Solar panels for homes
With solar panel installation, you have two options. They can either be Solar PV or Solar Thermal.
Solar PV (also known as photovoltaic solar panels or electric solar panels) work by converting sunlight into electricity. Excess electricity that you generate can be sold on to your energy supplier.
The second option, Solar Thermal panels (hot water solar panels), work by converting the sun’s energy into hot water.
What are the advantages of solar panels?
Don't let the UK's lack of sun put you off. Both options can generate energy throughout the year, even in winter. In turn, you can enjoy substantial savings and even make a profit by selling excess energy to your energy supplier.
Is there any financial support available for the solar panels?
Yes, for solar thermal panels you may be able to secure extra payments from the Government under their Renewable Heat Incentive scheme.
How many solar panels do I need?
To deliver sufficient energy to meet the typical household's electricity needs, you will require a panel coverage of around 25 square metres. An installation of this size will generate around 3.5kV of electricity. If you are seeking to install solar panels as a 'top-up', smaller systems, covering around 8 square metres, will produce around 1kV of electricity.
Do I need planning permission to install solar panels?
Roof and wall mounted solar panels
Solar panels mounted on a house or outbuilding do not need planning permission subject to all the following conditions being observed:
- Panels on a building should be sited, so far as is practicable, to minimise the effect on the external appearance of the building and the amenity of the area.
- When no longer needed for the panels should be removed.
All the following limits need to be met:
- Panels should not be installed above the highest part of the roof (excluding the chimney) and should project no more than 200mm from the roof slope or wall surface.
- The panels must not be installed on a building that is within the grounds of a listed building.
- The panels must not be installed on a site designated as a scheduled monument.
- Wall mounted only - if your property is in a conservation area, or in a World Heritage Site, panels must not be fitted to a wall which fronts a highway.
Stand alone solar panels
Stand alone solar panels installations (panels not on a building) do not need planning permission subject to the following conditions being observed:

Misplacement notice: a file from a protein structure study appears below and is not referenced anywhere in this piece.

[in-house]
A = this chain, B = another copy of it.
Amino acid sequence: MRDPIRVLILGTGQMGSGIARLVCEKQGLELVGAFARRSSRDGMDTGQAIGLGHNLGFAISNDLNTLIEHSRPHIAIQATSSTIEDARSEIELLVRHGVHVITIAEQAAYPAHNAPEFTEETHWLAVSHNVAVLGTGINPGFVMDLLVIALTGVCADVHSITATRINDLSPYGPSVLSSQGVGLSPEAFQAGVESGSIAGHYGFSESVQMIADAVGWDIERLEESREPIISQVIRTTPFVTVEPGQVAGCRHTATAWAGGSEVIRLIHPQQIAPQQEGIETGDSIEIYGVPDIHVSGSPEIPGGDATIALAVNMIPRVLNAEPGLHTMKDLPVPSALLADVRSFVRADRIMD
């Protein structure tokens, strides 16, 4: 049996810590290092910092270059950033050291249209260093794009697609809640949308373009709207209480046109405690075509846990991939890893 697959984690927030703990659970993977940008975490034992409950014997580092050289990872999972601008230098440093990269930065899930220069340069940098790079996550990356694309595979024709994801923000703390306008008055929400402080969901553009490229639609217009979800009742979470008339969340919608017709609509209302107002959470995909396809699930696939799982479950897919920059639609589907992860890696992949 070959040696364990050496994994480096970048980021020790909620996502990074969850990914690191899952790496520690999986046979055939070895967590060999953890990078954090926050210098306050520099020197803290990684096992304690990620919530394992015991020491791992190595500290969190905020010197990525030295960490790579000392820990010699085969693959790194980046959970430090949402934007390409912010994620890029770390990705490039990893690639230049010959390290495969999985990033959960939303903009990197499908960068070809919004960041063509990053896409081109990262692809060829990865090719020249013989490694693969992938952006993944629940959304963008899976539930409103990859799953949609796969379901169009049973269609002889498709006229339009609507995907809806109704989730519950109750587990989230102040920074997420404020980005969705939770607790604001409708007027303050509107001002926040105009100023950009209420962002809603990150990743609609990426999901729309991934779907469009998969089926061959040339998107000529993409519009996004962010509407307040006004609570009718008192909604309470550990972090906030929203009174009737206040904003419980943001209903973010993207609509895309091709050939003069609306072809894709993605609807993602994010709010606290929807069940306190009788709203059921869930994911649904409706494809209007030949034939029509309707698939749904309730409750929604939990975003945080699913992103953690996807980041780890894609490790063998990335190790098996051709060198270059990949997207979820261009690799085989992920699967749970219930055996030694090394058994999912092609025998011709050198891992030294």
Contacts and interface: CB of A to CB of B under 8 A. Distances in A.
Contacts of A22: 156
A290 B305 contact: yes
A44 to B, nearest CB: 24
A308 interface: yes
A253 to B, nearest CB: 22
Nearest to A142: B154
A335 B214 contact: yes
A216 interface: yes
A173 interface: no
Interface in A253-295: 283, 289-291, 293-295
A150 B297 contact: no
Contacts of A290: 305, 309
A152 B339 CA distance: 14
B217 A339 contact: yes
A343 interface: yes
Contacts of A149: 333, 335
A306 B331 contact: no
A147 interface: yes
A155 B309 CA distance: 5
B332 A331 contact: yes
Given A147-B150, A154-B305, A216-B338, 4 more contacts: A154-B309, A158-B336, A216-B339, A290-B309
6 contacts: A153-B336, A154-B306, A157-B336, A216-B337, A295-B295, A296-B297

- Panels on a building should be sited, so far as is practicable, to minimise the effect on the amenity of the area.
- When no longer needed the panels should be removed.
All the following limits must be met:
- Only the first stand alone solar installation will be permitted development. Further installations will require planning permission.
- No part of the installation should be higher than four metres
- The installation should be at least 5m from the boundary of the property
- The size of the array should be no more than 9 square metres or 3m wide by 3m deep
- Panels should not be installed within boundary of a listed building or a scheduled monument.
- If your property is in a conservation area, or in a World Heritage Site, no part of the solar installation should be nearer to any highway bounding the house than the part of the house that is nearest to that highway.
The above guidance on your "permitted development" rights has been derived from the Planning Portal Website.
Note: Where your solar panels development does not satisfy the above "permitted development" rights, this does not mean that the development is unacceptable and cannot be built. It means that an application for planning permission needs to be made so that your local Council can consider all the circumstances of the case. In considering a planning application the Council Planners will assess the impact of the development on local amenity (whether the proposal will create local nuisance impacts) and the impact of the development on character of the area.
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